by John McCormick ///
Last January’s announcement by David Cameron of a planned referendum on UK membership of the European Union – whether the vote happens or not – has had two positive effects. First, it has brought out of the woodwork many leaders of business who have rarely or never before made public statements on the significance of Europe, and they have overwhelmingly come down against Britain leaving the EU. Second, it has made clear just how much the debate over the EU in Britain has been driven by eurosceptics, how much they misrepresent the effects of EU membership, and how urgently the moderates and pro-Europeans need to speak up. It is impossible to have a productive debate about a key public issue when one side attracts most of the headlines.
In speaking up, pro-Europeans in the UK suffer three core handicaps: they have no easily identifiable leaders of the ilk of Nigel Farage, they have no political party that will voice pro-European sentiments with conviction and consistency, and – in voicing the benefits of EU membership – they routinely lag behind the abilities of eurosceptics to muster and express their arguments. It is supposed to be hard to prove a negative, but eurosceptics have done quite well in that regard; while many of their arguments are based on myths and misrepresentations, and they rarely allow the facts to get in their way, they hit home time after time, making appeals that resonate with a British public that mainly has little idea what the EU represents or how it works.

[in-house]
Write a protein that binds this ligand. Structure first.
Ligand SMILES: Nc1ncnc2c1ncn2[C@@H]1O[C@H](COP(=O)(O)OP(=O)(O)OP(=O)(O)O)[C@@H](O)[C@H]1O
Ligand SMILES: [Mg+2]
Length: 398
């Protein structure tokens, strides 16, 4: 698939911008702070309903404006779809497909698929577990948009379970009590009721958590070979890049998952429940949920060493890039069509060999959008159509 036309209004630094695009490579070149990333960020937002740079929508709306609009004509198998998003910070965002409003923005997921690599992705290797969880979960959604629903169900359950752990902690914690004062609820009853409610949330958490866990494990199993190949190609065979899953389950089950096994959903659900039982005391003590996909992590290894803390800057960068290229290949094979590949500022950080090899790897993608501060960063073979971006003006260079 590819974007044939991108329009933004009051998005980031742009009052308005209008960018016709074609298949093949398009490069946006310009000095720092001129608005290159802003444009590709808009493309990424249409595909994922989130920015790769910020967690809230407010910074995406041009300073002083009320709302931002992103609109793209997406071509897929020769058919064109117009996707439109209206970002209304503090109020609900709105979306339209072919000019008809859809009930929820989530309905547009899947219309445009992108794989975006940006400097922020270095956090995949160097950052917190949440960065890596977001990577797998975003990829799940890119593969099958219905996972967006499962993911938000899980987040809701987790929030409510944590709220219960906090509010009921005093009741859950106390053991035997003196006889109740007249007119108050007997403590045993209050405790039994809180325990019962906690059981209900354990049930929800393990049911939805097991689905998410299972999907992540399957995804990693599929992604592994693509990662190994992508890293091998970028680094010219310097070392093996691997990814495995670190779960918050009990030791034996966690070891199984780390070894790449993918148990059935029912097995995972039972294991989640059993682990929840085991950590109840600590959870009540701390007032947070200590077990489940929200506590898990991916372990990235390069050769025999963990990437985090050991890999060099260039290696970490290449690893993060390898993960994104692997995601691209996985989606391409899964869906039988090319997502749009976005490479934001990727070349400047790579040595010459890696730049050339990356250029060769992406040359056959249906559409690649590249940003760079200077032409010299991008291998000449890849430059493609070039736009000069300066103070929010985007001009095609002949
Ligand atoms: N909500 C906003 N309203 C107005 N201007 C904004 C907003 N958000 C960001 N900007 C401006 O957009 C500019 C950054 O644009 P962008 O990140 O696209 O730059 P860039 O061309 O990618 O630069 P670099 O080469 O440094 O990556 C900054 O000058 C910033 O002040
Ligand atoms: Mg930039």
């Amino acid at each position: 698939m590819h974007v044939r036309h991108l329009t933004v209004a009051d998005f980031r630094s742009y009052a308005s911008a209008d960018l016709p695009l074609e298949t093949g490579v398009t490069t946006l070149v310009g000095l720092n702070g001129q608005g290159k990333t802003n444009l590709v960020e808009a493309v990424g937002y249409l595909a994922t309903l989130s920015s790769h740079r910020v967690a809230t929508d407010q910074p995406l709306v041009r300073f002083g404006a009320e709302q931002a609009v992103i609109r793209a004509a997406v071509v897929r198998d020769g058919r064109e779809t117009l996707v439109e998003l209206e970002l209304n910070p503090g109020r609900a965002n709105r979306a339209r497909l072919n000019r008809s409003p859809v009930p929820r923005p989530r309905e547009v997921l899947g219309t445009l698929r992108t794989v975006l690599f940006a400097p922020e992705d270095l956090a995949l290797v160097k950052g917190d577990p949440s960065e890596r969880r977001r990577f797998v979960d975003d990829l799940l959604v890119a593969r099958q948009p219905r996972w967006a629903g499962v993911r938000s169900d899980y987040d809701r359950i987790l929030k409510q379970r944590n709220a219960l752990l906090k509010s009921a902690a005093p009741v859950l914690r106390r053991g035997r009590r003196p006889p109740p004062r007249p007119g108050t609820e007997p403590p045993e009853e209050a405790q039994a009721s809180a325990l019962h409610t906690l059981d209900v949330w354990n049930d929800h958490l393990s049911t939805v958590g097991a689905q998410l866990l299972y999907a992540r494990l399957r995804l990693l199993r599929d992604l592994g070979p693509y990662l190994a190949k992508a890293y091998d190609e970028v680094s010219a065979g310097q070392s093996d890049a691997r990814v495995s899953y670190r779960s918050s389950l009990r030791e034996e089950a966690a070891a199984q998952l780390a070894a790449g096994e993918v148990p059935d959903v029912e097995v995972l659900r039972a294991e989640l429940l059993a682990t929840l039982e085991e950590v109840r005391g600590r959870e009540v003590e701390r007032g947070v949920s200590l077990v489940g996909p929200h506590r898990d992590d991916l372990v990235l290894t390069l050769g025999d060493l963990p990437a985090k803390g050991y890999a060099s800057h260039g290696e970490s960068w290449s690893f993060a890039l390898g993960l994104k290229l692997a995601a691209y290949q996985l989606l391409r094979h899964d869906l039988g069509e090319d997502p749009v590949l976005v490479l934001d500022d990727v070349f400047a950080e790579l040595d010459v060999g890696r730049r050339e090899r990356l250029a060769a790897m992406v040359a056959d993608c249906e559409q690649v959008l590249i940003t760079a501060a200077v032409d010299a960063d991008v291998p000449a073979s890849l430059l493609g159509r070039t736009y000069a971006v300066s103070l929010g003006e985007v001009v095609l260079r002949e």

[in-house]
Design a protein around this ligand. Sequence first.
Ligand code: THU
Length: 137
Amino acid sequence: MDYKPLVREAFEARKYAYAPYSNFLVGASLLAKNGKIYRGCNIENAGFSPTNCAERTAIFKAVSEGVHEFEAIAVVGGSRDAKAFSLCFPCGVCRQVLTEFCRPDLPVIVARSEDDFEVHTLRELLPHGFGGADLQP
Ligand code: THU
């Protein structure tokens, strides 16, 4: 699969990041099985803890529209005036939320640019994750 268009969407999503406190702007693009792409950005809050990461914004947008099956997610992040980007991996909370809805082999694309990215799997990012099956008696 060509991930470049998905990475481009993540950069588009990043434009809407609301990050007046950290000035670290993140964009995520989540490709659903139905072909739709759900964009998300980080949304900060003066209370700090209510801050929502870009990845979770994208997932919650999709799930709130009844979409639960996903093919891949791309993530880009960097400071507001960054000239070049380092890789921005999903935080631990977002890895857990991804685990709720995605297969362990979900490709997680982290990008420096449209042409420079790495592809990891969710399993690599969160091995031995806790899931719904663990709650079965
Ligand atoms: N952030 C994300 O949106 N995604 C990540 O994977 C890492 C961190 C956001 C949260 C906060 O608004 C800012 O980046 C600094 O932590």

Since the Cameron speech, we have seen a mounting number of calls for pro-Europeans to speak up and more effectively spread the word about the benefits of the EU. This has been true not just in the UK but in every EU member state, where euroscepticism – on a steady rise since the debate over the Maastricht Treaty in the early 1990s – has exploded in the wake of the crisis in the euro zone and the expanding public conversation about immigration (which is intimately tied to anti-integration sentiments). When Commission president José Manuel Barroso, in a February 2010 speech before the European Parliament, warned of the ‘intellectual glamour of pessimism and constant denigration’ that was doing so much harm to the EU and to Europe’s image, he was summarizing a Europe-wide problem.
As far as the UK is concerned, Eurobarometer polls reveal one glaring and essential reality about public opinion: while Britons are consistently among the leaders on levels of hostility to Europe, they also know less than their peers about how the EU actually works. So while in a 2012 survey, only 35% of Britons felt there were benefits to EU membership, and only 36% were optimistic about the future of the EU, only 40% could claim to understand how the EU worked. What kind of debate can we have when the majority of people involved have little familiarity with the topic of the debate? And is this the kind of healthy public environment into which to introduce a referendum?